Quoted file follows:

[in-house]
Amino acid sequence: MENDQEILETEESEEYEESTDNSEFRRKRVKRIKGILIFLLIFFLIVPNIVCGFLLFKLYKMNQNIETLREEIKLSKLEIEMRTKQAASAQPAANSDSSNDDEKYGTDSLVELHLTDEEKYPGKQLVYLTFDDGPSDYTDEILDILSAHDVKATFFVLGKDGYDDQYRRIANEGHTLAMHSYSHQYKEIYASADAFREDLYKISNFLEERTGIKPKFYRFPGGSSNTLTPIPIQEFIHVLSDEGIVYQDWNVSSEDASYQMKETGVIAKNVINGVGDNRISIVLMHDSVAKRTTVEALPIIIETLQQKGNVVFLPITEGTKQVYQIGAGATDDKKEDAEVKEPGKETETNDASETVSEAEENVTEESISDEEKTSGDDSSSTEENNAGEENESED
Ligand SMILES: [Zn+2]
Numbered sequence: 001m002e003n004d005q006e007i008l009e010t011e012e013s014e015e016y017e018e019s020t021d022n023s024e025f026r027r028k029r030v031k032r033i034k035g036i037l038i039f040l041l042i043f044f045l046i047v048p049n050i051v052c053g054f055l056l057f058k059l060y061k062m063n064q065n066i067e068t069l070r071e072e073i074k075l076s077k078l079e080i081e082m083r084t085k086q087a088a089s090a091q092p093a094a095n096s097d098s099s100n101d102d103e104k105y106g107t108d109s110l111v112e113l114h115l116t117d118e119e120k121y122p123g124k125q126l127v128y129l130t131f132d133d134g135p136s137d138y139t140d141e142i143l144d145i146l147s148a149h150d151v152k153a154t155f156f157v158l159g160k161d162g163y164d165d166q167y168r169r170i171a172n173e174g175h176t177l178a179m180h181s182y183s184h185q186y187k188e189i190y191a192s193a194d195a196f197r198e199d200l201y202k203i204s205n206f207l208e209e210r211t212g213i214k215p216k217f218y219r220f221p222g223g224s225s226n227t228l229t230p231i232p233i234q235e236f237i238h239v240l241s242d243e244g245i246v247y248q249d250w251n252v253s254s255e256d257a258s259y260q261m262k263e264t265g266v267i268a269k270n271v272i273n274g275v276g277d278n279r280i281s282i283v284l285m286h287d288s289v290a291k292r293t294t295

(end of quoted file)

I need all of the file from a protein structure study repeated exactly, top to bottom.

[in-house]
Amino acid sequence: MENDQEILETEESEEYEESTDNSEFRRKRVKRIKGILIFLLIFFLIVPNIVCGFLLFKLYKMNQNIETLREEIKLSKLEIEMRTKQAASAQPAANSDSSNDDEKYGTDSLVELHLTDEEKYPGKQLVYLTFDDGPSDYTDEILDILSAHDVKATFFVLGKDGYDDQYRRIANEGHTLAMHSYSHQYKEIYASADAFREDLYKISNFLEERTGIKPKFYRFPGGSSNTLTPIPIQEFIHVLSDEGIVYQDWNVSSEDASYQMKETGVIAKNVINGVGDNRISIVLMHDSVAKRTTVEALPIIIETLQQKGNVVFLPITEGTKQVYQIGAGATDDKKEDAEVKEPGKETETNDASETVSEAEENVTEESISDEEKTSGDDSSSTEENNAGEENESED
Ligand SMILES: [Zn+2]
Numbered sequence: 001m002e003n004d005q006e007i008l009e010t011e012e013s014e015e016y017e018e019s020t021d022n023s024e025f026r027r028k029r030v031k032r033i034k035g036i037l038i039f040l041l042i043f044f045l046i047v048p049n050i051v052c053g054f055l056l057f058k059l060y061k062m063n064q065n066i067e068t069l070r071e072e073i074k075l076s077k078l079e080i081e082m083r084t085k086q087a088a089s090a091q092p093a094a095n096s097d098s099s100n101d102d103e104k105y106g107t108d109s110l111v112e113l114h115l116t117d118e119e120k121y122p123g124k125q126l127v128y129l130t131f132d133d134g135p136s137d138y139t140d141e142i143l144d145i146l147s148a149h150d151v152k153a154t155f156f157v158l159g160k161d162g163y164d165d166q167y168r169r170i171a172n173e174g175h176t177l178a179m180h181s182y183s184h185q186y187k188e189i190y191a192s193a194d195a196f197r198e199d200l201y202k203i204s205n206f207l208e209e210r211t212g213i214k215p216k217f218y219r220f221p222g223g224s225s226n227t228l229t230p231i232p233i234q235e236f237i238h239v240l241s242d243e244g245i246v247y248q249d250w251n252v253s254s255e256d257a258s259y260q261m262k263e264t265g266v267i268a269k270n271v272i273n274g275v276g277d278n279r280i281s282i283v284l285m286h287d288s289v290a291k292r293t294t295